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Lifestyle Trend Goes Mainstream as Baby Boomers Embrace Minimalism

By Rita Wilkins January 27, 2023 Lifestyle

There’s a cultural shift taking place right before our eyes. The generation that created consumerism is now embracing the idea of choosing to live with less… much less!

For years, baby boomers’ big wallets and significant disposable income allowed them to buy big houses, fill them up with lots of beautiful stuff, then to buy even bigger houses, and fill them up with even more stuff… and so it continued.

But as we’ve gotten older and a little wiser, and as we enter a new phase of our lives, many baby boomers are adopting minimalism as a lifestyle choice because they’ve discovered that less can really mean more.

Less stuff, more freedom. More freedom, more life. Less clutter, simpler life. Simpler life, more happiness.

When you hear the word minimalism, you might naturally think of millennials, not baby boomers.

But a fast-growing trend within the baby boomer generation is to learn how to live abundantly with less… a lot less.

While the minimalist lifestyle spans across many generations, it is a relatively new concept to baby boomers, who, for years, adopted a consumer lifestyle of “bigger, better, more.”

We Have Learned

Many of us have learned a little bit about minimalism from our own adult children, who are extremely selective about what they allow into their homes and their lives. We may have even experienced a resounding “no” when we offered them some of our stuff as we decluttered our basements and attics. 

Perhaps turned off by growing up in homes with an overabundance of stuff, the younger generations have clearly identified what they deem essential, and they also have the courage and willpower to say “no” to what’s not necessary or useful. 

Our generation is finally starting to realize that having excessive amounts of stuff not only creates clutter, disorder, and chaos in our homes and in our lives, but that stuff can also feel empty and meaningless. Many boomers have started to realize that when they intentionally remove the excess and unnecessary stuff, they free up time, money, and energy to focus on what matters most to them.

The days of spending so much of our time, money, and energy on accumulating “more” seems to be dissipating. Instead, we are beginning to discover what our kids knew all along… LESS IS MORE!

5 Key Factors Contributing to the Cultural Shift to Living with Less

The Decluttering Movement

Marie Kondo’s book and Netflix show, Life Changing Magic of Tidying Up: The Japanese Art of Decluttering and Organizing, has had a major influence on people of all ages to live with less, and to embrace minimalism. In her book, Kondo encourages us to remove anything from our home that doesn’t spark joy.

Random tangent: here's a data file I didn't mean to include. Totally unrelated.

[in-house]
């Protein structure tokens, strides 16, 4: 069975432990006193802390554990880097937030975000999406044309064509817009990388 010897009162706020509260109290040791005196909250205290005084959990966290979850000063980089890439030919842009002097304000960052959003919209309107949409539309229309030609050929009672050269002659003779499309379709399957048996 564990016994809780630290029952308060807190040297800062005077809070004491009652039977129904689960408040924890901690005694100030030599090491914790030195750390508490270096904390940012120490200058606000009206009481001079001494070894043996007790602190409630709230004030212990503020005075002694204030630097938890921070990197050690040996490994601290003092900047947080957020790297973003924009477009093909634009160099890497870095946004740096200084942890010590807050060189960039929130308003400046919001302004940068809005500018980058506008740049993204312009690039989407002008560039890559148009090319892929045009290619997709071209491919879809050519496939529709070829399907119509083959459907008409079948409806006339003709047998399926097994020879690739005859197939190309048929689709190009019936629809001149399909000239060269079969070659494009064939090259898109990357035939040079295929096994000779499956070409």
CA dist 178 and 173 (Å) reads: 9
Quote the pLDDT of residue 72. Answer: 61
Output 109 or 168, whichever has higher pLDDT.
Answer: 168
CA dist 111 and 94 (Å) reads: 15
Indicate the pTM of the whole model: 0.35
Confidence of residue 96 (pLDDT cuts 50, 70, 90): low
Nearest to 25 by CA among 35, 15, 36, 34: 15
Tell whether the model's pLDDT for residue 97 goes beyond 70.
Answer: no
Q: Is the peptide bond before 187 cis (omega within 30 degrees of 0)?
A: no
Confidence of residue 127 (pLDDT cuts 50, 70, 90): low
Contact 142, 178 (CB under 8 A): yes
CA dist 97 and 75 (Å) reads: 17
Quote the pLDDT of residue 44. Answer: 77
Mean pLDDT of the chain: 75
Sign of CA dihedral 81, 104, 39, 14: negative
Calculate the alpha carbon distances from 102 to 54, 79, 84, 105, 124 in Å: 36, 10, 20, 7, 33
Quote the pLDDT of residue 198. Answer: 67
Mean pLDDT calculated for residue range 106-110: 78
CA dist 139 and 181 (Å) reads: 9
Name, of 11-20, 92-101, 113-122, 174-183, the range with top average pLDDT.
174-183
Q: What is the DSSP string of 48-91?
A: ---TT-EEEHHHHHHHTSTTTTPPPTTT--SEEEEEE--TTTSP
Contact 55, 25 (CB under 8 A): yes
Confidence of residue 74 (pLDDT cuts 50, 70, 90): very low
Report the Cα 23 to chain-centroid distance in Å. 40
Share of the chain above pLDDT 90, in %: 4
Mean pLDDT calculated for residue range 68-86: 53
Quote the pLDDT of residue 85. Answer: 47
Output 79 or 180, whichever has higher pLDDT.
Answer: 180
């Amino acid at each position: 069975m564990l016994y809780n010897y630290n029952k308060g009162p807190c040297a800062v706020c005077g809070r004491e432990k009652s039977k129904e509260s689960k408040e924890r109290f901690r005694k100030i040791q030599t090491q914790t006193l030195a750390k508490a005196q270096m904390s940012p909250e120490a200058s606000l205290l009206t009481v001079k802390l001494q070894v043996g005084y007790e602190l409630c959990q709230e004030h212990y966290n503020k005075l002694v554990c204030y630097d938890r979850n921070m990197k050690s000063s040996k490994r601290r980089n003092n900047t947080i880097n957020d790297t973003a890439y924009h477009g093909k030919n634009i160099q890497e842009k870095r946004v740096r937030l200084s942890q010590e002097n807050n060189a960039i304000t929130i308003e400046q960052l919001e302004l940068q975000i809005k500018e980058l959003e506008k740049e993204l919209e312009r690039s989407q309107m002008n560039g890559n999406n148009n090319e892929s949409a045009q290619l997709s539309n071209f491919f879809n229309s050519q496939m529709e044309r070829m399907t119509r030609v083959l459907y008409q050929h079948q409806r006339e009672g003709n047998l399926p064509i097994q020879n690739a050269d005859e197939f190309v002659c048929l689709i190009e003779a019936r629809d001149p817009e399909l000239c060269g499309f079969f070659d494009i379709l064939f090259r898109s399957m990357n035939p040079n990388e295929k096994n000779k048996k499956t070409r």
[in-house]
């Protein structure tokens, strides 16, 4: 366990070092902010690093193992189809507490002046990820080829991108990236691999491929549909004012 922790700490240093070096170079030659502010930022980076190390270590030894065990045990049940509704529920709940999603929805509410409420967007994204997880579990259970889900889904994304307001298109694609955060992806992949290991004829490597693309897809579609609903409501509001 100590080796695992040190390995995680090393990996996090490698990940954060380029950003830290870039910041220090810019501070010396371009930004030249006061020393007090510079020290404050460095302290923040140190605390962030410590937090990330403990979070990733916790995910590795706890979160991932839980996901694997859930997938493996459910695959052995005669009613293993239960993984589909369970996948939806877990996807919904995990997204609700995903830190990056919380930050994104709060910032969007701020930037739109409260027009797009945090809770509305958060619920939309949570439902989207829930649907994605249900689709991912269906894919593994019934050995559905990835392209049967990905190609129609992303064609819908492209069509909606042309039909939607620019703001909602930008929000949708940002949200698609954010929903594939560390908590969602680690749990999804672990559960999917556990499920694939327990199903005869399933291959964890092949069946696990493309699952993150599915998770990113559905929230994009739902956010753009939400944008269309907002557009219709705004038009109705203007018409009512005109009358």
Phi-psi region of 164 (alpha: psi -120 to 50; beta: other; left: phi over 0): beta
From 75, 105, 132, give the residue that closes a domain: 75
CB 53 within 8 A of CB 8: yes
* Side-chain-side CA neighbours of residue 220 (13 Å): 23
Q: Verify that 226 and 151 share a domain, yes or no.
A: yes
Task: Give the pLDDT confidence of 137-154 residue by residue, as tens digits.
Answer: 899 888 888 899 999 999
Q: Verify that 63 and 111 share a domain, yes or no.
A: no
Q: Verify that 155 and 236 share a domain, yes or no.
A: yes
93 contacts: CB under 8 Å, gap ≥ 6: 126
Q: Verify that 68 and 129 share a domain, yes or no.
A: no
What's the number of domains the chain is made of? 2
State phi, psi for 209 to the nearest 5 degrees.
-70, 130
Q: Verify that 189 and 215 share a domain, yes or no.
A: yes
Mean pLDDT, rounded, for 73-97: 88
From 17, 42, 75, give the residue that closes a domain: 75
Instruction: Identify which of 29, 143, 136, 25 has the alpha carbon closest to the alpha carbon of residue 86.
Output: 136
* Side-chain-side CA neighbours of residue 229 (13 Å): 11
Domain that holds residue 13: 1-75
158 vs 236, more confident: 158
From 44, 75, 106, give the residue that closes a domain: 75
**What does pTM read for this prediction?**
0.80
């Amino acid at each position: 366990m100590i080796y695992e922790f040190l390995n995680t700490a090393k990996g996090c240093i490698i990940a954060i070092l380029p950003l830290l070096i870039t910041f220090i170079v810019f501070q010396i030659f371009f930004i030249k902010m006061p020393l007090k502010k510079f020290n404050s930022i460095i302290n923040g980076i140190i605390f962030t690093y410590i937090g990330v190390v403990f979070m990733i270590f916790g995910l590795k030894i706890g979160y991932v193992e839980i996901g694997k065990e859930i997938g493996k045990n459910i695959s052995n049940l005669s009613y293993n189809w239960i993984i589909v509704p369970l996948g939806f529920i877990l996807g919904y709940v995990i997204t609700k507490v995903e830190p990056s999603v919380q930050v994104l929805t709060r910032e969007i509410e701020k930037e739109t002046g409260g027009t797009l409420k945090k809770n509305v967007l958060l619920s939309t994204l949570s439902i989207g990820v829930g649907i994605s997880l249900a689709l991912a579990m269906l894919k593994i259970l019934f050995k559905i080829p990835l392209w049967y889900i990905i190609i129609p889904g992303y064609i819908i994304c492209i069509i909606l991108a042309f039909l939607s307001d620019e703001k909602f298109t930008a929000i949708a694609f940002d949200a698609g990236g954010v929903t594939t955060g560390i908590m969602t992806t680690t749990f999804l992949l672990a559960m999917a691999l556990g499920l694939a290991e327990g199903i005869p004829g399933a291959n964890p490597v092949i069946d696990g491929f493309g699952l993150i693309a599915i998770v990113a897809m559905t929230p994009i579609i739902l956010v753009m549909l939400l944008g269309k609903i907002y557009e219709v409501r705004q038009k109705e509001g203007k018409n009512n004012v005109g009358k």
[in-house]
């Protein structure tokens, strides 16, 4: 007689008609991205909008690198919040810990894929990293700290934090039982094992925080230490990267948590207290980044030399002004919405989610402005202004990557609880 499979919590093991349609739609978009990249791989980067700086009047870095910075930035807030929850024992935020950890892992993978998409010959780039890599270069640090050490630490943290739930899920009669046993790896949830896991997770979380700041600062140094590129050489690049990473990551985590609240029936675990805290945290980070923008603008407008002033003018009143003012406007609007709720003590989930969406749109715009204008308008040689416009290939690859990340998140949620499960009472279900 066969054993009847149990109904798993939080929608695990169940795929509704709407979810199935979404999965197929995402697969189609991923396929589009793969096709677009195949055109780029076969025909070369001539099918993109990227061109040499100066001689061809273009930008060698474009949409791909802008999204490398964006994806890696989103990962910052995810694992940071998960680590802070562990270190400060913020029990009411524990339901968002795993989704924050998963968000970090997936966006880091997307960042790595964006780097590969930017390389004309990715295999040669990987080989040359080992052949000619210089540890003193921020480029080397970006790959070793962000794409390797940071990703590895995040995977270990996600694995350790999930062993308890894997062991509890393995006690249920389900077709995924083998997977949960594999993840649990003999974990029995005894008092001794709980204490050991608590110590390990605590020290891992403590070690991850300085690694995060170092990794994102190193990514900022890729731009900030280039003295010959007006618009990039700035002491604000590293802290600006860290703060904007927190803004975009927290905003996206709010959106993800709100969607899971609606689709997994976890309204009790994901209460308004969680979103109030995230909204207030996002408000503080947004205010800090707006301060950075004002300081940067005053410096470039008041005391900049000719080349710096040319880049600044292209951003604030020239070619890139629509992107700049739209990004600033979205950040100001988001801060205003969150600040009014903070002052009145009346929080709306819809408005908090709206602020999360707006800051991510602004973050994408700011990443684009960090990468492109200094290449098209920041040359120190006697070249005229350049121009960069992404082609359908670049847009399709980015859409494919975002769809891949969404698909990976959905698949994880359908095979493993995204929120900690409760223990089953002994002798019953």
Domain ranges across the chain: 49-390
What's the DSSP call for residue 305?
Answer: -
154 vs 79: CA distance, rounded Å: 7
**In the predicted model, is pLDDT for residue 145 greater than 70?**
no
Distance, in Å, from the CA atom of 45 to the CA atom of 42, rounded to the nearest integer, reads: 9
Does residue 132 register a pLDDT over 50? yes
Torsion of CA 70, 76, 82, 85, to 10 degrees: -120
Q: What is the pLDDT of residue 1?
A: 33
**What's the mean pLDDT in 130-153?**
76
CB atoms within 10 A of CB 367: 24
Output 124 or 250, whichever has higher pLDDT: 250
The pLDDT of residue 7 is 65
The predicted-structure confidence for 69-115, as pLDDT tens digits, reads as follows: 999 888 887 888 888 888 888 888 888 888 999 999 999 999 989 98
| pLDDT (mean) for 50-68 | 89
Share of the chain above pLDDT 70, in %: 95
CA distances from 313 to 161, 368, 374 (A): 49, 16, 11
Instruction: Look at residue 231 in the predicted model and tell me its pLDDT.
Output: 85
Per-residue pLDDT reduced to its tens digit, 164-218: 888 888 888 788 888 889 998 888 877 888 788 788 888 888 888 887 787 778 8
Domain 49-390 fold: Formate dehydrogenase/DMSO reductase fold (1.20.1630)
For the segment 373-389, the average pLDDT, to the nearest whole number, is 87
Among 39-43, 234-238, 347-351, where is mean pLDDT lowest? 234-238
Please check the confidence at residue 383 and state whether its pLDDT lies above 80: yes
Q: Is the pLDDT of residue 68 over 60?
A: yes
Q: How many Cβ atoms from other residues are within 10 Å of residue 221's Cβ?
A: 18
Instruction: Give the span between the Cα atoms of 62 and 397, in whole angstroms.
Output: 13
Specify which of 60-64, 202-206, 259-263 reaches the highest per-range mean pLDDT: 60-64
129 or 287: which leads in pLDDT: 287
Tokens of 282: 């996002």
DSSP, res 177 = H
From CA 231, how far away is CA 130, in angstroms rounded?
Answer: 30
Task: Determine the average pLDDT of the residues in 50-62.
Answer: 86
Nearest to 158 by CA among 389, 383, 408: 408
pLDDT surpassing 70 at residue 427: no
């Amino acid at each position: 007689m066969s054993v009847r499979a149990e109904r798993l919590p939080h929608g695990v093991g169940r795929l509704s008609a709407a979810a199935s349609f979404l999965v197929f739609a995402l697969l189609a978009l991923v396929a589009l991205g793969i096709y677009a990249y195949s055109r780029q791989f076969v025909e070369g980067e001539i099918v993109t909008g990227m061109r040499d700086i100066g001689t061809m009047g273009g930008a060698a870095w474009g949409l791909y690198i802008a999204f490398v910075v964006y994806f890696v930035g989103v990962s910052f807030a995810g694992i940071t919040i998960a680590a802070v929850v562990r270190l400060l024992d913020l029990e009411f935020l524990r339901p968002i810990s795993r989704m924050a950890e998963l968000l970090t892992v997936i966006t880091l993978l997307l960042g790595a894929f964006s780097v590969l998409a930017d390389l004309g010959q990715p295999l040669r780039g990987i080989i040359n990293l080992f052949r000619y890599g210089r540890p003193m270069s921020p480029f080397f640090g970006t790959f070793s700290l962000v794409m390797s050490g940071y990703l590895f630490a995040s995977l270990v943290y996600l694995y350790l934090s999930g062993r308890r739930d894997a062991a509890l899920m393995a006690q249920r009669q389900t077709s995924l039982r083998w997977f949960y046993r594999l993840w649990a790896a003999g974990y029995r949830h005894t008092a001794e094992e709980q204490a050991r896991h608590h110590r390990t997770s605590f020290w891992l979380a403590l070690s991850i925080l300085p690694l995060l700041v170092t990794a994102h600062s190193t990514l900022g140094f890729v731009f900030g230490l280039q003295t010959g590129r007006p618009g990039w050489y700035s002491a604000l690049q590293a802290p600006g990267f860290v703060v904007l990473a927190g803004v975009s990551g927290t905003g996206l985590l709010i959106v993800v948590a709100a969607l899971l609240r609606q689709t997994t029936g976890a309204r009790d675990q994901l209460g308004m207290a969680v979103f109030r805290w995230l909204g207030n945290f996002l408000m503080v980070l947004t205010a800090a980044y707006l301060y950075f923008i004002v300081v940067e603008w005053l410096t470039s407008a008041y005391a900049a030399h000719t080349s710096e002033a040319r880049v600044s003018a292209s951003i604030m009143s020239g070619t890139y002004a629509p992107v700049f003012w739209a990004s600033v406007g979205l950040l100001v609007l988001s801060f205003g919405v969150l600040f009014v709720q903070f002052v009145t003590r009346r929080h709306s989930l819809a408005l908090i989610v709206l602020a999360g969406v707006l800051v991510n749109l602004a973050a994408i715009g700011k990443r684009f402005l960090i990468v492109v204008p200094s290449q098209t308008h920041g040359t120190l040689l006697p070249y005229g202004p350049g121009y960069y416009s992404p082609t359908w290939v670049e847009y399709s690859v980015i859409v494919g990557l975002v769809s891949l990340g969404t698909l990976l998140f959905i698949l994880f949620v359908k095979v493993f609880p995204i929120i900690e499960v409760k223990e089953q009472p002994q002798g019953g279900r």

The Pandemic

The Covid lockdown challenged baby boomers to rethink their priorities. Many were forced out of their jobs, while others opted for early retirement. 

In an effort to make their savings last longer, many baby boomers decided to declutter their large homes, downsize, and move to smaller homes to reduce expenses and live a simpler, more fulfilling life.

Aging and Mortality 

The pandemic also forced us to face our own mortality. Realizing that they were much happier not working, many baby boomers discovered new ways to live their best life right now while they still could. 

Many chose to sell their big homes, downsize so they could live closer to their children and grandchildren. They chose meaningful experiences with their family and loved ones over the big house and the big mortgage.

Life Circumstances

When our lives change, so must we change and adapt.

Divorce, death of a spouse, caregiving, and declining health are just a few situations we are faced with in our daily lives. 

By choosing to sell the family, homestead, declutter, and downsize to a smaller, more affordable and manageable home is often what’s necessary to restore some semblance of calm in stressful life changing situations.

Lifestyle Choice

Many boomers are just plain tired of the mental, physical, and financial burden of their once-beloved large homes and properties. 

They are ready to let go of much of the stuff that weighs them down and prevents them from living the life they really want… a lifestyle that provides more mobility, flexibility, and a lot less responsibility.

They can then choose to spend their time on what matters most to them: their relationships, experiences, health, and passions that light them up.

Fortunately, it’s not too late. 

We’ve Learned Much from Our Life Experiences

  • More stuff doesn’t make us happier.
  • Too much stuff gets in the way of the more fulfilling life we could be living.
  • Stuff is just stuff and it’s no longer as important to us as it once was.